Historic Shift: World Athletics to Award Olympic Prize Money, Champions Athlete Compensation

Editorial – Jamaica Observer

Paying Olympians is long overdue

World Athletics’ announcement on Wednesday that it will become the first international federation to award prize money at an Olympic Games, beginning at this year’s staging in Paris, France, has been welcomed by the athletics community.

Track and field stars Usain Bolt and Andre De Grasse

According to World Athletics President Lord Sebastian Coe, gold medal winners in each of the 48 athletics events in Paris will receive US$50,000.

Prize money, Lord Coe pointed out, will be extended to the winners of silver and bronze medals at the 2028 Olympics in Los Angeles.

Explaining that the decision reflected the efforts of track and field athletes “which attract billions of eyeballs” to TV coverage of the Olympics, Lord Coe said on Wednesday: “I don’t believe this is remotely at variance with the concept that the International Olympic Committee often talks about, which is recognising the efforts that our competitors make for the overall success of the Games.”

We are not surprised by the general response to what is really a gesture from World Athletics to athletes, because that is really what it is when compared to what men and women engaged in other sports are paid.

We acknowledge the tradition that the Olympics is about the honour of representing your country, the valour of competition, and the Games’ great benefit of promoting an exchange of cultures. However, we are all too familiar with the many stories of athletes who, after making enormous sacrifice, have little to show, in terms of financial reward, and are denied the dignity of a decent life.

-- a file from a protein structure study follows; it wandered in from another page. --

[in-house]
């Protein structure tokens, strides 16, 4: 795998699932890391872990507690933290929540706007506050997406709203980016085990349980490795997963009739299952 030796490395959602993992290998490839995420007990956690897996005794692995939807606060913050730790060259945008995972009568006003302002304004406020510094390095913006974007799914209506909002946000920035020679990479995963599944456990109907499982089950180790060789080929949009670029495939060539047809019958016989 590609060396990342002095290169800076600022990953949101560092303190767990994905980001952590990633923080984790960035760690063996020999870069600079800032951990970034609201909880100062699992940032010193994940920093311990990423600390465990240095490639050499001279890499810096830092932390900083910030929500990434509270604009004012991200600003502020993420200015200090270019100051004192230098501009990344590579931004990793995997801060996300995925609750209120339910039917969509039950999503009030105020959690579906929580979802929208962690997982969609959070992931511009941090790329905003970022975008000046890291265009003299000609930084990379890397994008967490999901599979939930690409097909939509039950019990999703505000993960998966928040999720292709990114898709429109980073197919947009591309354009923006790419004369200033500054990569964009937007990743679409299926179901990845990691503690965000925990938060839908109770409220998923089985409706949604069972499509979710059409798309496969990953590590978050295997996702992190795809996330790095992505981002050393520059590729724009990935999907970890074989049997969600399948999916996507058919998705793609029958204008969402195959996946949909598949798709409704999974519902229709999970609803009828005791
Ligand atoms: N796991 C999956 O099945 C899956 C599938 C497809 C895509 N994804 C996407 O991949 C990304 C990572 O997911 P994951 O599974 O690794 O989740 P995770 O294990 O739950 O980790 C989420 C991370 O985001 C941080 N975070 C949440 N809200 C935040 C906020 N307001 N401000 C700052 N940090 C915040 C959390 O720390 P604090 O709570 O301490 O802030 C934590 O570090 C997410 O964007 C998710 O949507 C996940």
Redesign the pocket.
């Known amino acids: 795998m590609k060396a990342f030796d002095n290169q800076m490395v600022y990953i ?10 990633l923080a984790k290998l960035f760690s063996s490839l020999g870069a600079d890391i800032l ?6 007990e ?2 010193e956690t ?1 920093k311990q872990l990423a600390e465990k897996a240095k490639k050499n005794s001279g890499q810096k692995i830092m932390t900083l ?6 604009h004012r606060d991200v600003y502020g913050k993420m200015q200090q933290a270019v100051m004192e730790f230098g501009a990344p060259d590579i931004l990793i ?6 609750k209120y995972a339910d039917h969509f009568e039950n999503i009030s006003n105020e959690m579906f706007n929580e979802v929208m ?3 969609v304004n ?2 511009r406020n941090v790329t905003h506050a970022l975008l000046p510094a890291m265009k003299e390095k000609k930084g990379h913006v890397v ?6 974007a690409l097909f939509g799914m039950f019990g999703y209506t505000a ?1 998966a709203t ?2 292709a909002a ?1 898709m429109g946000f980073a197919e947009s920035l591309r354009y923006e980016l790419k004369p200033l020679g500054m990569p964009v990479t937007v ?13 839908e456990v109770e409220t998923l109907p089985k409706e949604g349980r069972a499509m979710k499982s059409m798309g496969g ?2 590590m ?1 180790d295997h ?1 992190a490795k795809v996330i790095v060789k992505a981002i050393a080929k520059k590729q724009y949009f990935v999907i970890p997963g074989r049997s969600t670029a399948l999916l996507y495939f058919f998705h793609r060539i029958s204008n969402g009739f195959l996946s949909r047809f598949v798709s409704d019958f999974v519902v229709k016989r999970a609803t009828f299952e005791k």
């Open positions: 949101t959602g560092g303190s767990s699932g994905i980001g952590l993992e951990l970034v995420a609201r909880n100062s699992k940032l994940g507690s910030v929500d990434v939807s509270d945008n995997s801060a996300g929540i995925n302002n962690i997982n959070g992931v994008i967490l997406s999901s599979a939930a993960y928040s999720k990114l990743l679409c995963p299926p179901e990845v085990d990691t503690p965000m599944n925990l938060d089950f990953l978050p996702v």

That is one reason that we now see athletes, well at least the better ones, being paid by sponsors, resulting in the Olympic tradition of amateur competition consigned to history. So it was only natural for World Athletics to change with the times.

The fact is that sport generates tens of trillions of dollars worldwide. The owners of teams and those who sell television broadcast rights rake in huge portions of that pie. So too do venues that host competitions, sports goods manufacturers, and companies that offer expertise in sports marketing.

Forbes Magazine report last year telling us that the world’s 50 most valuable sports teams are worth a combined US$256 billion — an average of US$5.12 billion — 15 per cent more than in 2022.

Statista, the data-gathering online platform, shows that as of December 2022, Portuguese footballer Mr Cristiano Ronaldo had the highest salary of all football players worldwide — an estimated US$200 million a year.

Mr Lionel Messi, the Argentine football World Cup champion, earned around US$65 million a year, as well as US$55 million in off-field income.

Salaries in the American NFL, the English Premier League, and other top sports leagues are huge by any standard. Also, spin-off revenue from those leagues is spread far and wide.

Track and field, though, has never provided that level of earning for athletes, regardless of the interest generated globally by the Olympics and World Championships.

Lord Coe is therefore correct in describing this decision as “a pivotal moment for the sport of athletics as a whole”.